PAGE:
Here’s a bit of motoring trivia.

The new Bugatti Chiron Sport “110 ans Bugatti” celebrates 110 years of the French marque, with plenty of tricolour touches to mark the occasion.

The blue, white and red colours of the flag — not red, white and blue please (sacre-bleu) — appears both inside and out on the astronomically expensive sports car.

The most prominent location is the underside of the rear spoiler where it can be seen briefly as it shows a clean pair of heels to any car on the face of the planet.

But here’s the trivial bit to which we we alluded.

If you know anything about French history (I did six years of French), the Tricolour flag is always hoisted with the blue stripe towards the flag pole.

When it is displayed by Government vehicles, the blue stripe is always to the front of the car, with the colours reversed to make this possible on both sides — believe it or not.

And so it is with the special edition Bugatti, if you look carefully. On one side the colours are displayed in the order blue, white and red, while on the other they are red, white and blue (I know).

The French flag originally symbolised the union between monarch and people when France was a constitutional monarchy.

Since the end of the monarchy, it has represented the French Revolution with its famous ideals of liberty (blue), equality (white) and fraternity (red).

bugatti - Ettore Bugatti in 1932 - Bugatti shows its true colours
Ettore Bugatti pictured in 1932

The French company Bugatti traces its roots back to 1909 when Ettore Bugatti established a production facility in a disused dyeing plant in the then German city of Molsheim at the end of 1909.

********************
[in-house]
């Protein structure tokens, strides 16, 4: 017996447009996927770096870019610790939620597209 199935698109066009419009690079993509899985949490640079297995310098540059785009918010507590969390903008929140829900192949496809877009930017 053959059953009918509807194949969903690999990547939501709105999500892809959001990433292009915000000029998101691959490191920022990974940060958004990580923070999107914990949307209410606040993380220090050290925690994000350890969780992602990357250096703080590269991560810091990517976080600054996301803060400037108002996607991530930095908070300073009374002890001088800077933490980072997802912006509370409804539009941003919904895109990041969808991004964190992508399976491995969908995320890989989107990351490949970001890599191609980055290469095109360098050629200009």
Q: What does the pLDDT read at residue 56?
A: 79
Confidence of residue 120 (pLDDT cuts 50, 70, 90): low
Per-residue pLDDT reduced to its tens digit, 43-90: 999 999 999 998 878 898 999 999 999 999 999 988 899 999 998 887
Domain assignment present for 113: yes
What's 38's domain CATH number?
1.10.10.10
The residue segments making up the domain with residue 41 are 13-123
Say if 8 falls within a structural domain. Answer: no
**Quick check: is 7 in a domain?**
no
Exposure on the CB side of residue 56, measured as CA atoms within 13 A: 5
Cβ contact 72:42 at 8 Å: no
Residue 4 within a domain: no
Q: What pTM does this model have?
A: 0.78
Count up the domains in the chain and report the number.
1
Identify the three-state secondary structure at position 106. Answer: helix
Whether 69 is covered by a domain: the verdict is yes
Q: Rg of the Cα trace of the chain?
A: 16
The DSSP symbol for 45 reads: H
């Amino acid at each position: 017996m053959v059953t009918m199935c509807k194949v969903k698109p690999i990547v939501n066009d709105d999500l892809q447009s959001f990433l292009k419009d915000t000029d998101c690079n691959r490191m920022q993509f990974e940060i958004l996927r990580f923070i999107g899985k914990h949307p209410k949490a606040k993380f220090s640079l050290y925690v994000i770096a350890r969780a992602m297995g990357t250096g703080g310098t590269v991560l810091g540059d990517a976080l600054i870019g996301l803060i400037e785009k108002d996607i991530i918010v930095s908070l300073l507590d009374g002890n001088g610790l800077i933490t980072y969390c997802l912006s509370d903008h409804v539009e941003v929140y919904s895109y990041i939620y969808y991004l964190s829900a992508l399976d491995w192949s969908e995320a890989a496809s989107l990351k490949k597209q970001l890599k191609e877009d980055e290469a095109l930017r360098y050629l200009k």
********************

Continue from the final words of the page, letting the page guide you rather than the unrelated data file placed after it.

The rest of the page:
Here he continued to develop the first of his prototypes, the Type 10, which became his first production model — the Type 13.

This first Bugatti was followed by some high points in the history of the automobile.

In the 1920s, these included the Type 35, one of the most successful racing cars ever, as well as the Type 41 Royale, the epitome of absolute automobile luxury.

Bugatti’s son Jean created his own legacy with the Type 57 SC Atlantic, described as a design manifesto.

Up to 1956, about 7950 vehicles of Types 10 to 252 were produced, of which an estimated 2000 or so remain.

The brand died out with the deaths of Jean and later Ettore.

But, in 1987, Romano Artioli revived the brand with the EB 110, a super sports car with a top speed of more than 340 km/h – the fastest production car in the world at the beginning of the 1990s.

Fast forward and Bugatti is now part of the Volkswagen empire.

The Chiron, its current darling, is powered by an 8.0-litre W16 engine, with four turbochargers, that delivers 1103kW of power and 1600Nm of torque.

It can accelerate from 0 to 100 km/h in less than 2.4 seconds, reaching 200 km/h in 6.1 seconds and 300 km/h in 13.1 seconds.

Even the magic 400 km/h mark takes only 32.6 seconds.

Maximum speed however is even higher at 420 km/h.

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Riley

Chris Riley has been a journalist for almost 40 years. He has spent half of his career as a writer, editor and production editor in newspapers, the rest of the time driving and writing about cars both in print and online. His love affair with cars began as a teenager with the purchase of an old VW Beetle, followed by another Beetle and a string of other cars on which he has wasted too much time and money. A self-confessed geek, he’s not afraid to ask the hard questions - at the risk of sounding silly.